Several international hit singles, an album that sold more than 1.5 million copies, touring the world with U2’s Zooropa extravaganza. The Stereo MC’s seemingly had it all in 1992 and 1993.
But looks can be deceiving, even for a British funk outfit that had “Connected” with fans and critics.
“I had a daughter when we were touring with ‘Connected,’ ” music orchestrator-keyboardist Nick “The Head” Hallam said recently. “She was about 1 then. I didn’t get to see her for about a year almost, and it’s kind of hard. We were so busy from 1987 pretty much until the end of ’94.
“When you’re just starting out, you’re concentrating on the music, but then some bands just burn out and don’t do anything again. With us, we knew we wanted to do something, but somehow we had to be at home for a while and kind of in a way get back to the root level of what we were doing. It’s important to keep it real for yourself and somehow touring the world and your records start doing things, it changes your outlook on life a bit. We needed to check what we were doing and get back and find something to do that wasn’t just about being successful.”
Hallam, singer-songwriter-producer Rob Birch and drummer Owen “If” Rossiter vainly tried to conjure up a follow-up album, but the muse just wasn’t there. It would have been too easy to come up with another “Connected,” “Step It Up” or “Ground Level.”
“We went straight back into the studio after we toured ‘Connected’ for two years,” Hallam said, “but we weren’t really feeling it. It wasn’t like, ‘Yeah, this is what we want to do.’ The music was probably good, but somehow for us it didn’t make us go ‘Yeah, we should put this out.’ ”
For the next eight years, while the Stereo MC’s were in dry dock, Birch and Hallam formed a publishing company, Spirit Songs, signing such acts as Finlay Quaye and Jurassic 5. They also had their hands full with their own label, Response Records.
“We carried on with music, doing other stuff, like our label, our publishing company, signing artists and putting them out,” Hallam said. “We were doing remixes, doing stuff for like Tricky, Madonna, U2, Pressure Drop, David Holmes. We did loads of stuff, built our studio and then we did the ‘DJ Kicks’ album on a German label, which we kind of did for a laugh, really.”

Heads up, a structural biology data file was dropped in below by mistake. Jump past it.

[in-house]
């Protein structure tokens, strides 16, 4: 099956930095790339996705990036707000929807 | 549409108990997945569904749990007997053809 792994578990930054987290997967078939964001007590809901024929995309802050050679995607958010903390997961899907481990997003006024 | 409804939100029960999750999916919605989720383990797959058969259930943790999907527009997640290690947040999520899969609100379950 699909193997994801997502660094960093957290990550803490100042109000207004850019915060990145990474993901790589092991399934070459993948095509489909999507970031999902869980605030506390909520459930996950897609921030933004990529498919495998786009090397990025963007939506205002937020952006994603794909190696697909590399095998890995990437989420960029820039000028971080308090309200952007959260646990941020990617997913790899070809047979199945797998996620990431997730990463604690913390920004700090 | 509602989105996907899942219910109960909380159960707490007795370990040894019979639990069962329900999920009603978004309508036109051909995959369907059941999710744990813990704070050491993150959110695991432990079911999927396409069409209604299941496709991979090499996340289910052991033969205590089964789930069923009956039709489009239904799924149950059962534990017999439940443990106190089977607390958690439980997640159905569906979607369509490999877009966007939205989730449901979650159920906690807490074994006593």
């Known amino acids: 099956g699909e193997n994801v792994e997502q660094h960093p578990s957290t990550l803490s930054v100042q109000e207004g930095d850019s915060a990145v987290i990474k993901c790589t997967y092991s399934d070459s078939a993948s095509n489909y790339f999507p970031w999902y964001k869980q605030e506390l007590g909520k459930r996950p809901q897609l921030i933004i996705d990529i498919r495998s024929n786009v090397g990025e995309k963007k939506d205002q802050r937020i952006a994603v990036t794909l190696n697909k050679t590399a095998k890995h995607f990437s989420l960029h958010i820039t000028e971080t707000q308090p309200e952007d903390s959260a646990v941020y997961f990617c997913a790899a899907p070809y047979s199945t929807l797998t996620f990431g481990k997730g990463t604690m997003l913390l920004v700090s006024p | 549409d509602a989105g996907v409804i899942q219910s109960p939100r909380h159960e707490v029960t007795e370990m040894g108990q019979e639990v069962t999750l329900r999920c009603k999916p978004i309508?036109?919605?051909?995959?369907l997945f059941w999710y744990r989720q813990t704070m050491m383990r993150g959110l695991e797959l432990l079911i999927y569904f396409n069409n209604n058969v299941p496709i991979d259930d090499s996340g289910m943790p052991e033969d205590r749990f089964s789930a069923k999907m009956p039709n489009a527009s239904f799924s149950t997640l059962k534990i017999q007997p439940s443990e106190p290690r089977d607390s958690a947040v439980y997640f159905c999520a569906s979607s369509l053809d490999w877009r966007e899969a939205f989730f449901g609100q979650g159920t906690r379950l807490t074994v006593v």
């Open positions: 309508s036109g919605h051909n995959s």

By Christmas 1999, Hallam and Birch – and their assortment of first-class musicians and singers – were eager again to plug in the Stereo MC’s. Within eight months, they had reconstructed their groundbreaking mixture of funk, soul, rap and blues, and on June 12, U.S. fans got reconnected with the band when its long-overdue album, “Deep Down & Dirty,” was released by Island Records.
They haven’t skipped a beat. By staying true to their urban-soul past, the Stereo MC’s sound as fresh and innovative today as they did nine years ago (which only goes to show how little pop music has progressed since then). Tracks such as “Traffic” and the title cut prove the group’s mettle.
“The passing of time made us get back to where we wanted to be musically,” Hallam said. “We wanted to make a record that sounded like us, but it has more of a different edge. We try to put an energy into our records, not by copying what else is going on at the time. It’s an energy from listening to music and living life, and then keeping our own sound, because I think that’s what makes us different is that nobody else sounds like us and we do our own thing.
“With all our records, we’ve never fit into any kind of fashion or anything else that was going on in music. With ‘Connected,’ we kind of built it to such a degree that, it hit at the right moment. With this one, we’ve been away a while, so we’re going to have to do a bit of work to reestablish ourselves. That’s good, as well, because in a way that’s more exciting than just being at this great level and just cruising along, going ‘Oh, yeah, everyone loves us.’ This makes us work harder and be more creative about it.”